Electrode Technology: Baking Furnace/Electrode Design
Sponsored by: TMS Light Metals Division, TMS: Aluminum Committee
Program Organizers: Houshang Alamdari, Laval University
Wednesday 8:30 AM
March 1, 2017
Location: San Diego Convention Ctr
Session Chair: Donald Ziegler, Alcoa
8:30 AM Introductory Comments
Flow Detection Module – A New Model to Predict the Flow in Open Pit Anode Baking Furnaces: Detlef Maiwald1; Domenico Di Lisa1; Frank Heinke1; Florian Krummrich1; 1Innovatherm
The continuous measurement of the flow inside the flues of baking furnaces is still a challenge and not solved. As a substitute, the draught is measured in one position of each flue to determine the existence of a volume or flow. Knowing the real flow would be of the essence for a more accurate and optimized control of the combustion inside the furnace. A mathematical model for flow detection, based on fuzzy logics was developed to determine the actual flow in each flue. With the introduction of this flow detection module, each flue in a furnace is continuously evaluated. The on-line mathematical model calculates the actual flow in each flue by correlation of the relevant process data available in the firing system. As a result, the baking process is further optimized for lowest emissions and best fuel efficiency. The paper illustrates the mathematical approach and shows the results.
Formation of Carbon Build-Up on the Flue Wall of Anode Baking Furnace: Zhaohui Wang1; Arne Petter Ratvik1; Tor Grande2; Stein R°rvik1; 1SINTEF Materials and Chemistry; 2Norwegian University of Science and Technology
A hard carbon build-up layer often formed on the flue wall surface in anode baking furnaces. The layer accumulated over thermal circles and regularly needed to be removed mechanically to ensure sufficient space for the anodes between flue walls. The underlying mechanisms are still unknown, but the extent of the carbon build-up varies from plant to plant. Build-up on the flue wall from an autopsy of an open top furnace has been studied. Microstructure and phase compositions of carbon build-up, especially at the refractory interface, have been studied by optical microscopy, X-ray computed tomography, SEM/EDS, and XRD. Pyrolytic carbon was found to be the main carbon source in carbon build-up layer. The transport of silicon source from the refractory material to the flue wall surface is proposed to contribute to the formation of carbon build-up. Proposed formation mechanisms of carbon build-up and the reaction schemes are supported by thermodynamic calculations.
Investigation of Spent Refractory Lining in an Anode Baking Furnace: Trond Brandvik1; Zhaohui Wang2; Arne Petter Ratvik2; Tor Grande1; 1Norwegian University of Science and Technology, NTNU; 2SINTEF Materials and Chemistry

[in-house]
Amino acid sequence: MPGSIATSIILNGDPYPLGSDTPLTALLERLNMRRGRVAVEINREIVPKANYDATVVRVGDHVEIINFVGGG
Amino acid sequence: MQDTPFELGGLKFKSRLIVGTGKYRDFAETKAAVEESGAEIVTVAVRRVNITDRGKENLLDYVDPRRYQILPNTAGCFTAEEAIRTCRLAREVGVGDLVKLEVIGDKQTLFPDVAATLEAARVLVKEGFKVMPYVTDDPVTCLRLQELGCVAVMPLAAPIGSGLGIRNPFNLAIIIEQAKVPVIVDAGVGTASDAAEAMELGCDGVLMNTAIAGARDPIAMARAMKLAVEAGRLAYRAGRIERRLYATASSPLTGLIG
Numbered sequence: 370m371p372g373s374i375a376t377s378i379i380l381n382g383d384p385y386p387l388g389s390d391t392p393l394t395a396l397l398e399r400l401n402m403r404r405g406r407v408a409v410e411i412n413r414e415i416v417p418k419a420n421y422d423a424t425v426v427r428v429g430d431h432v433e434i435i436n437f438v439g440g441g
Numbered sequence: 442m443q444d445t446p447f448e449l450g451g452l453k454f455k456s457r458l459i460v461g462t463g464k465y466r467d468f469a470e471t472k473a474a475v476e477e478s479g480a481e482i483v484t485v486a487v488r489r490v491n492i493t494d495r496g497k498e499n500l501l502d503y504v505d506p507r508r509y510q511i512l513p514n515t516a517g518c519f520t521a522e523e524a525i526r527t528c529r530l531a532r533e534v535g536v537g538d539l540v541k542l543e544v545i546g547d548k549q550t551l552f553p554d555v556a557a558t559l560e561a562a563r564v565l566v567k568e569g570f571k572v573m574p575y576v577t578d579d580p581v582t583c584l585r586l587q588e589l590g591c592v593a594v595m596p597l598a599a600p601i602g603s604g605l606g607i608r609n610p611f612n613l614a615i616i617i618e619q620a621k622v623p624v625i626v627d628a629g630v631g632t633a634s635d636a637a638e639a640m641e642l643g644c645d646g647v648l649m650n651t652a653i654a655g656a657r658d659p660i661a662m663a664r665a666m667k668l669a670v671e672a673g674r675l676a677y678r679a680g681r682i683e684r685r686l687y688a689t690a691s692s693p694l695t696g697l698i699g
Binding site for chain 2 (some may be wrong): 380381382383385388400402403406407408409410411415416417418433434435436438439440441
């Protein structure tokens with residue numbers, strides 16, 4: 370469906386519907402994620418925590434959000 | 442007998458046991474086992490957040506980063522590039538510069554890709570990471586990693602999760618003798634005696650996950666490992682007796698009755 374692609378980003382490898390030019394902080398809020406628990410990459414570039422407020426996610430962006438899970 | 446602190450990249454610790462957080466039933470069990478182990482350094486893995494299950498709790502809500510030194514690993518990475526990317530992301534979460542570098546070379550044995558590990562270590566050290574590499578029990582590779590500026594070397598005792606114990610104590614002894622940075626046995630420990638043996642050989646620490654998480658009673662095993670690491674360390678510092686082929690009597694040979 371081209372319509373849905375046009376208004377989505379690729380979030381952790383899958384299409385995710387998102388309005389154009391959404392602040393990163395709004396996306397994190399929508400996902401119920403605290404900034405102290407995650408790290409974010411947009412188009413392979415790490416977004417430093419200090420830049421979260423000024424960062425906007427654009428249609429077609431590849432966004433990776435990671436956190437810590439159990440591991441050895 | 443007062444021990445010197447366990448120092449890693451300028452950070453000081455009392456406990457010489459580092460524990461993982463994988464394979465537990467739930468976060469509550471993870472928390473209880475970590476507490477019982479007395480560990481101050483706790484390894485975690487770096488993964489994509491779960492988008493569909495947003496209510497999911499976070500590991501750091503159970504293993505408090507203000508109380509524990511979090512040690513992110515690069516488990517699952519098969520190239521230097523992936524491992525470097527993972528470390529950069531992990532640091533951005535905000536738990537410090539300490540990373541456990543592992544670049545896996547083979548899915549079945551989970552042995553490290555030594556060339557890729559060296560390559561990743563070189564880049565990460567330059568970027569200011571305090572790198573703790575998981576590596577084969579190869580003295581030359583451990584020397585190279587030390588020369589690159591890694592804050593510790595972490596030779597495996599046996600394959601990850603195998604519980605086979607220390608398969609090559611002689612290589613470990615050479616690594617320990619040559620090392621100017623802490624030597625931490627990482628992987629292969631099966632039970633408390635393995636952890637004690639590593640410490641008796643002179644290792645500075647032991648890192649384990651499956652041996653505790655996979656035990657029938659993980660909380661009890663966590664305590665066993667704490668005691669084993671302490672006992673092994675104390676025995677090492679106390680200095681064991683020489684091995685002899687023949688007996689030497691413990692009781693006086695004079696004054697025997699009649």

The refractory lining in anode baking furnaces is exposed to harsh chemical environment and thermal cycling. Here, we report on an autopsy of spent refractory lining in an anode baking furnace after 4000 days operation. Variation in the density and porosity across the bricks revealed carbon build up in pores had taken place towards the anode side. The spent refractory bricks were investigated with respect to chemical and mineralogical composition by X-ray diffraction, optical and electron microscopy. No significant change in the mineralogical composition across the brick could be detected by X-ray diffraction. Fluoride was not found in the bricks, while traces of sodium was shown to accumulate together with calcium impurities in the bricks. The changes in the chemical and mineralogical composition across the bricks are discussed in relation to possible chemical reactions taking place during anode baking.
25 Years of Naural Gas Purged Infrared Pyrometer Temperature Measurement For The Operation Of Open-Top Anodes Baking Furnaces: Yvon Menard1; 1Retired Process Specialist
To improve a low flue walls life, a natural gas purged infrared pyrometer system was implemented to replace original thermocouples based temperature measurement system on firing system, in 1991. Flue wall life increased to be over 100 cycles, on Pechiney furnaces, by preventing flue walls overheating. Anodes baking quality is adequate for two burners ramps fire technology. Some problems had to be corrected over time as they appeared: calibration drift, pinched injector tubes, frosted pyrometers lenses, etc. Pyrometers and thermocouples measurement technologies can both successfully bake anodes to specifications, but original cost, ease of operation, ease of maintenance and effect on refractory may favor one system over the other, depending on plant situation.